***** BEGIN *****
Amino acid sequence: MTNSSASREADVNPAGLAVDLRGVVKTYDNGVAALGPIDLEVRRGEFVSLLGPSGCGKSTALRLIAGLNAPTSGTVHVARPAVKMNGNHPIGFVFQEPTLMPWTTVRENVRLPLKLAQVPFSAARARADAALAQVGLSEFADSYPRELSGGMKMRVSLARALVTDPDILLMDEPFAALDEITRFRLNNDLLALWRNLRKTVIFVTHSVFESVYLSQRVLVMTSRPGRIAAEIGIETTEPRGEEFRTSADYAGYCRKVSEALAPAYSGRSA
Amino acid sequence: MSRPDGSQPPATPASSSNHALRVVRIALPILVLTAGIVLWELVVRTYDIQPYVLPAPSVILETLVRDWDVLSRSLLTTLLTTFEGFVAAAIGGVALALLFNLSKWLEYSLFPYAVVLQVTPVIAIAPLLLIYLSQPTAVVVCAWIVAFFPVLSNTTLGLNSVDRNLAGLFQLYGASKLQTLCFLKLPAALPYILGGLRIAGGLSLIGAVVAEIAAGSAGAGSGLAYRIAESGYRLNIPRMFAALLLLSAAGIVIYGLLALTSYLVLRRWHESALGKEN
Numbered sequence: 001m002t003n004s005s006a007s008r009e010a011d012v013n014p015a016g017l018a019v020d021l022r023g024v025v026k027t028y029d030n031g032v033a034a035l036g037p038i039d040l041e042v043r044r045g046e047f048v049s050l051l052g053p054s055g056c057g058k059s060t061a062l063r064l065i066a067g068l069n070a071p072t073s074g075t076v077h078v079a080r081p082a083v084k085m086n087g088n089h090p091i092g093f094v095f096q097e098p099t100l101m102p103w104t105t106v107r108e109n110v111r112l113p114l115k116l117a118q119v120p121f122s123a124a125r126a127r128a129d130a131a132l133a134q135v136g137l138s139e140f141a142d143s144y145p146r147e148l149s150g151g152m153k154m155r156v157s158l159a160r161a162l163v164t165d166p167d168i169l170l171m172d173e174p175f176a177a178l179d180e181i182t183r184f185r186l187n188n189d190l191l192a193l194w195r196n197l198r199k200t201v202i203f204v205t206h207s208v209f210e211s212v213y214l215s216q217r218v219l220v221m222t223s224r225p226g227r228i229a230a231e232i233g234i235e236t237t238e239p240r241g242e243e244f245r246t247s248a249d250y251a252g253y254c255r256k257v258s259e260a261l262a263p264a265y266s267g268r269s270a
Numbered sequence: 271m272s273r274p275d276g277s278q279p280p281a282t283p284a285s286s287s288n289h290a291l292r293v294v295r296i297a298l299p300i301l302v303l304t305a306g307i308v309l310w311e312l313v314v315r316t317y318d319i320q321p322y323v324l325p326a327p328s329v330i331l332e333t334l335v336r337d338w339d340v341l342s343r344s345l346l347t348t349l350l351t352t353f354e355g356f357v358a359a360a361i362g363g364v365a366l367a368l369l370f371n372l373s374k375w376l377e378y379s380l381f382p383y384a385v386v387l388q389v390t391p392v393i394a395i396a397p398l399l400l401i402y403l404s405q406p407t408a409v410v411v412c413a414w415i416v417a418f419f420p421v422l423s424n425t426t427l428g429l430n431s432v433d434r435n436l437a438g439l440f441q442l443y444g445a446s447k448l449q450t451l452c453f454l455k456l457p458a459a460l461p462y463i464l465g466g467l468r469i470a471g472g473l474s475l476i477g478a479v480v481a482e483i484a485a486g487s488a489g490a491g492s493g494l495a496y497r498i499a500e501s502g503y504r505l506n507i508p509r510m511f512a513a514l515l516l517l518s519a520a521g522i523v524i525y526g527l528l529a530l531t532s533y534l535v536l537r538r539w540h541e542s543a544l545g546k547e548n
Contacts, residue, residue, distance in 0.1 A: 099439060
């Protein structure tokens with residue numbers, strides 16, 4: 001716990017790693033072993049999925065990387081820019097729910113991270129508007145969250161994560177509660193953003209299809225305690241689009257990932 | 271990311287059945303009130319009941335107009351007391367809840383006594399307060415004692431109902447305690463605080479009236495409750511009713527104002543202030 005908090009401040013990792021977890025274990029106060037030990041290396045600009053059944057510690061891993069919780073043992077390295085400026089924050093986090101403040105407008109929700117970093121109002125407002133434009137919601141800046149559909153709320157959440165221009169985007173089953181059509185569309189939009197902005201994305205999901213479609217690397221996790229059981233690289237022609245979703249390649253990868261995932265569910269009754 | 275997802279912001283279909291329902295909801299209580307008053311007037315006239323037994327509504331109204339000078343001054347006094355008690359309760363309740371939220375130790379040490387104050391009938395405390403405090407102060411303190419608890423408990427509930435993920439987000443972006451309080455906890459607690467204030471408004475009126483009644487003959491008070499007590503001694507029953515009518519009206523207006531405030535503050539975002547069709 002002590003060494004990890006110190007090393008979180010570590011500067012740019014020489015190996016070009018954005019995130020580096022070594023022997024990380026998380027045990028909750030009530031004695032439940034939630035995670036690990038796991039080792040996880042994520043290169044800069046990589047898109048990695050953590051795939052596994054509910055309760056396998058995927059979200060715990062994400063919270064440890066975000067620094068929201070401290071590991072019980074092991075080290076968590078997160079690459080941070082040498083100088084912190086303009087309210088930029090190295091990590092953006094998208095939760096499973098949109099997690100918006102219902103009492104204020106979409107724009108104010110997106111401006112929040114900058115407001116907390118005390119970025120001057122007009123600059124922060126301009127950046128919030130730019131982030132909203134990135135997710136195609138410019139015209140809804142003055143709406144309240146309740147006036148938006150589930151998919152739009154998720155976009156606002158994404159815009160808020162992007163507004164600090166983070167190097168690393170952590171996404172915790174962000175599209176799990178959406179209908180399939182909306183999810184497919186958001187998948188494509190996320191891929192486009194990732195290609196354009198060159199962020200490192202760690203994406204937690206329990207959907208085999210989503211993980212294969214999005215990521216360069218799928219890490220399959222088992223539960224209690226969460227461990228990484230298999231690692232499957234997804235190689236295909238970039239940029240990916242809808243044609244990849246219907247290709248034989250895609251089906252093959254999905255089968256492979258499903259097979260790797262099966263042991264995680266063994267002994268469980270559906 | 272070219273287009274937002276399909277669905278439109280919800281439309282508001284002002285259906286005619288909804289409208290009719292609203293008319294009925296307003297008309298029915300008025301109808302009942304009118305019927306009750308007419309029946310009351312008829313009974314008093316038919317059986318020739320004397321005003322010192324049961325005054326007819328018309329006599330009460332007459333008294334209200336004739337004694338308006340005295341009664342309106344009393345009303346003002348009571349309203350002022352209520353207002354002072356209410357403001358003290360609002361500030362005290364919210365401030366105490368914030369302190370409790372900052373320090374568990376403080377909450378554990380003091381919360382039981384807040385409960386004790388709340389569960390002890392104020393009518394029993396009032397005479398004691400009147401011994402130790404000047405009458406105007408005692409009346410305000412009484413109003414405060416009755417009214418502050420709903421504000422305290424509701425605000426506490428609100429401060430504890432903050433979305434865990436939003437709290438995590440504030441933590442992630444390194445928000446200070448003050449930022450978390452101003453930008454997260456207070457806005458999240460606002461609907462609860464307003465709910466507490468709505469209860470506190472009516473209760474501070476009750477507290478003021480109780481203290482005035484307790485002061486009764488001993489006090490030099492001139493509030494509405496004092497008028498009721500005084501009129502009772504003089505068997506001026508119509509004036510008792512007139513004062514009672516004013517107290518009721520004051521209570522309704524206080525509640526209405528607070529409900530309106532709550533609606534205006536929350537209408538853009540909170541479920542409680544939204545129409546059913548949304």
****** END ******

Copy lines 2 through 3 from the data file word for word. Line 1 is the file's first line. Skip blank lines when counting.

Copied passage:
Amino acid sequence: MSRPDGSQPPATPASSSNHALRVVRIALPILVLTAGIVLWELVVRTYDIQPYVLPAPSVILETLVRDWDVLSRSLLTTLLTTFEGFVAAAIGGVALALLFNLSKWLEYSLFPYAVVLQVTPVIAIAPLLLIYLSQPTAVVVCAWIVAFFPVLSNTTLGLNSVDRNLAGLFQLYGASKLQTLCFLKLPAALPYILGGLRIAGGLSLIGAVVAEIAAGSAGAGSGLAYRIAESGYRLNIPRMFAALLLLSAAGIVIYGLLALTSYLVLRRWHESALGKEN
Numbered sequence: 001m002t003n004s005s006a007s008r009e010a011d012v013n014p015a016g017l018a019v020d021l022r023g024v025v026k027t028y029d030n031g032v033a034a035l036g037p038i039d040l041e042v043r044r045g046e047f048v049s050l051l052g053p054s055g056c057g058k059s060t061a062l063r064l065i066a067g068l069n070a071p072t073s074g075t076v077h078v079a080r081p082a083v084k085m086n087g088n089h090p091i092g093f094v095f096q097e098p099t100l101m102p103w104t105t106v107r108e109n110v111r112l113p114l115k116l117a118q119v120p121f122s123a124a125r126a127r128a129d130a131a132l133a134q135v136g137l138s139e140f141a142d143s144y145p146r147e148l149s150g151g152m153k154m155r156v157s158l159a160r161a162l163v164t165d166p167d168i169l170l171m172d173e174p175f176a177a178l179d180e181i182t183r184f185r186l187n188n189d190l191l192a193l194w195r196n197l198r199k200t201v202i203f204v205t206h207s208v209f210e211s212v213y214l215s216q217r218v219l220v221m222t223s224r225p226g227r228i229a230a231e232i233g234i235e236t237t238e239p240r241g242e243e244f245r246t247s248a249d250y251a252g253y254c255r256k257v258s259e260a261l262a263p264a265y266s267g268r269s270a